Charl looking forward to watching win
After a marathon trip across the globe, US Masters champion Charl Schwartzel is looking forward to getting home to South Africa and finally watching a replay of his stunning victory to help it all sink in.
The South African birdied the last four holes at Augusta National to shoot a six-under-par 66 and overturn a four-shot deficit to Northern Ireland's Rory McIlroy and win his first major title.
Since Sunday, the softly spoken champion has completed a host of media requests and flown 25 hours across the world to compete in the Malaysian Open meaning he has only been able to see a replay of his final shot.
"I do realise I am the Masters champion it's just still not quite real to me," Schwartzel told Reuters in an interview at the Kuala Lumpur Golf and Country Club after arriving on Wednesday.
"Everything has happened so quickly and we have travelled a long way and just been so busy that once I have sat down in a week or so it will all sort of sink in.
"I have only seen the putt on 18, I haven't seen any of the round. I would like to sit down on my own (with a couple of beers) and have a quite night and watch it."
Schwartzel grew up on a chicken farm just outside Johannesburg and was taught to play golf by his father. He said he had spoken with his dad at length but that the success had left him a man in demand.
"It's so overwhelming. There is just so many things going on right now, I mean we have a tournament tomorrow so you sort of need to get yourself right and play.
Before the final round at Augusta, few people had tipped the South African to win his first major but he held his nerve to produced a flawless final-round as his rivals failed to keep pace.
"I like playing in contention," said Schwartzel, who had won six times previously on the European Tour.
"I focus better. I get all my emotions better under control. The Masters is obviously different to other tournaments but yet I felt very, very in control and I'm quite proud of myself for that."
The prize for keeping his cool was getting to wear the coveted Green Jacket, worn by his compatriots Gary Player and Trevor Immelman previously, which he said covered his shoulders for most of Sunday evening.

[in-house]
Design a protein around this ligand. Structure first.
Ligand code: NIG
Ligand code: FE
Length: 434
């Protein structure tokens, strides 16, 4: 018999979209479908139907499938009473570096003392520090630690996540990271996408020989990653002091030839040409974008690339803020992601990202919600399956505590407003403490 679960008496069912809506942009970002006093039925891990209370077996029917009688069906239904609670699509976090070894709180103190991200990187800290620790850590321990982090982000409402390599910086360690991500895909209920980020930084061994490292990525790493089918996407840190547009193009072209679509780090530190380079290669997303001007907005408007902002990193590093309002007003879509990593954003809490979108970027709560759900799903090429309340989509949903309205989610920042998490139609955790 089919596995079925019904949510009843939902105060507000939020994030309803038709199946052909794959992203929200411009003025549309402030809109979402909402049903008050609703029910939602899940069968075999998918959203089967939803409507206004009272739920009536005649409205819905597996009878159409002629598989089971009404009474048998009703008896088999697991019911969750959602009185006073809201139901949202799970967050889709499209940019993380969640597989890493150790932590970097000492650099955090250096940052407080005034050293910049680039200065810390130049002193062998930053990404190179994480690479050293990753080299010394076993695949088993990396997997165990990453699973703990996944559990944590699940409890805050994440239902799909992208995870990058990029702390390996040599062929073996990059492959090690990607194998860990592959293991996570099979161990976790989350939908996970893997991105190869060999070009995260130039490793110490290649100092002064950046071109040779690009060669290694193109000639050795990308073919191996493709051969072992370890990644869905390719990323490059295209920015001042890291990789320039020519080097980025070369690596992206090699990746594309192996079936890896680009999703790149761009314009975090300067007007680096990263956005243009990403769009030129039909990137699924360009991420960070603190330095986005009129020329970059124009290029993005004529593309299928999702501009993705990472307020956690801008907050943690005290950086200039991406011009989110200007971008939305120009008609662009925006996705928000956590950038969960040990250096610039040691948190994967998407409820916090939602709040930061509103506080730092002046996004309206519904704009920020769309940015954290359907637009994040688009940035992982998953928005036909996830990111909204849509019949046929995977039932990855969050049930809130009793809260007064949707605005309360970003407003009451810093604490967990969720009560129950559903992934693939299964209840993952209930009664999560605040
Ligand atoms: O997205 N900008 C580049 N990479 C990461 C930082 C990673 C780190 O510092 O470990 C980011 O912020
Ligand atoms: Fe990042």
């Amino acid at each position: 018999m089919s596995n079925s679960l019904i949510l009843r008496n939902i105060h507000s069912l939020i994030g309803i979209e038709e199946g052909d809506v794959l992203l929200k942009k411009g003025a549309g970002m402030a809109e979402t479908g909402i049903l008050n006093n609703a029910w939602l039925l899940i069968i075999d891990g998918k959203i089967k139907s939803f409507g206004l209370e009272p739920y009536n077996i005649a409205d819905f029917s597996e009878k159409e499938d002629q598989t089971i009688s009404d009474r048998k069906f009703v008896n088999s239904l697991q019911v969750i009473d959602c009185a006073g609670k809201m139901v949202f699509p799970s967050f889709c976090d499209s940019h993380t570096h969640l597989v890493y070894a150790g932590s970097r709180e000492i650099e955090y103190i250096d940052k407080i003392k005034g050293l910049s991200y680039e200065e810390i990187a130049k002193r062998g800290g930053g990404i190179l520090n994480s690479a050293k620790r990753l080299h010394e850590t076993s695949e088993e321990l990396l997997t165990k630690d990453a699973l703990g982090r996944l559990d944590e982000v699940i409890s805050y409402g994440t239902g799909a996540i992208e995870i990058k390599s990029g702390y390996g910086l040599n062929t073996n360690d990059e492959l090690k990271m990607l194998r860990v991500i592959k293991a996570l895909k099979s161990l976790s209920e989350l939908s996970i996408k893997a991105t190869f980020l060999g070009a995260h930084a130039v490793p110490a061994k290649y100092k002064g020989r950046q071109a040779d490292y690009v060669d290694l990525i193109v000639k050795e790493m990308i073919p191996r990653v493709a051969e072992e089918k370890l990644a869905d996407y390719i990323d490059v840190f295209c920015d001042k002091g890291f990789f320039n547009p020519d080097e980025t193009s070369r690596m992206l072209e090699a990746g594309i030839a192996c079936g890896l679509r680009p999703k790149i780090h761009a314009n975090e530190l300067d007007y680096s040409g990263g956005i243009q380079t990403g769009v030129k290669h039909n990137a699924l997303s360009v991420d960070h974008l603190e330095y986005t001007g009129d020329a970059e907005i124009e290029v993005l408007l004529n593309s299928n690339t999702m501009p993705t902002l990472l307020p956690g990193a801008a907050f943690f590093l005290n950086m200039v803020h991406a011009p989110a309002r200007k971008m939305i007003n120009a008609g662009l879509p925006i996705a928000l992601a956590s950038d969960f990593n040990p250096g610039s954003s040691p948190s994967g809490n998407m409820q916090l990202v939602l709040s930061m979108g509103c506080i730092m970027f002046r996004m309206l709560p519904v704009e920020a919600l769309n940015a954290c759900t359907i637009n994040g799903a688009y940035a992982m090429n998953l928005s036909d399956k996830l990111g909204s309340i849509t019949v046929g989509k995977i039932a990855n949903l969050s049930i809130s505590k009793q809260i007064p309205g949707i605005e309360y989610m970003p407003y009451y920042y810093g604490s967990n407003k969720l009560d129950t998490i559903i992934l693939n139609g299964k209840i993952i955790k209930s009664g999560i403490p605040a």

"It is weird what you will do for just a jacket," the jovial character smirked from under his visor.
"It's such a good feeling. I wore it just about the whole night. I wore it on the plane for a while but it got a little hot at one stage so I had to take it off," he said with a grin.
Accompanying him on the three-flights from Georgia to Malaysia was his friend McIlroy and the pair talked about the Northern Irishman's final-round 80 which opened the door to Schwartzel's success.
"Rory took it so well, obviously he must be hurting a little bit deep down inside the way he took it was the mark of a true champion. He is such a good player and he will be back on his feet soon and winning golf tournaments."
The duo's hopes of success at the co-sanctioned European and Asian Tour event was hampered by their clubs being lost during the flight but nothing was going to dampen his mood before his final event prior to a well-earned break.
"I'm just a happy guy right now. I'm looking forward to this week."
Schwartzel, who said he really enjoyed playing in hot conditions when asked if the humidity would affect him this week, was also buoyed by the news that South Africa would host their first World Golf Championship event from next year.
"In South Africa we have such good golf courses and so many good players coming... I think there is no better place to have a World Golf event than in South Africa. It's nice to see more tournaments coming to South Africa."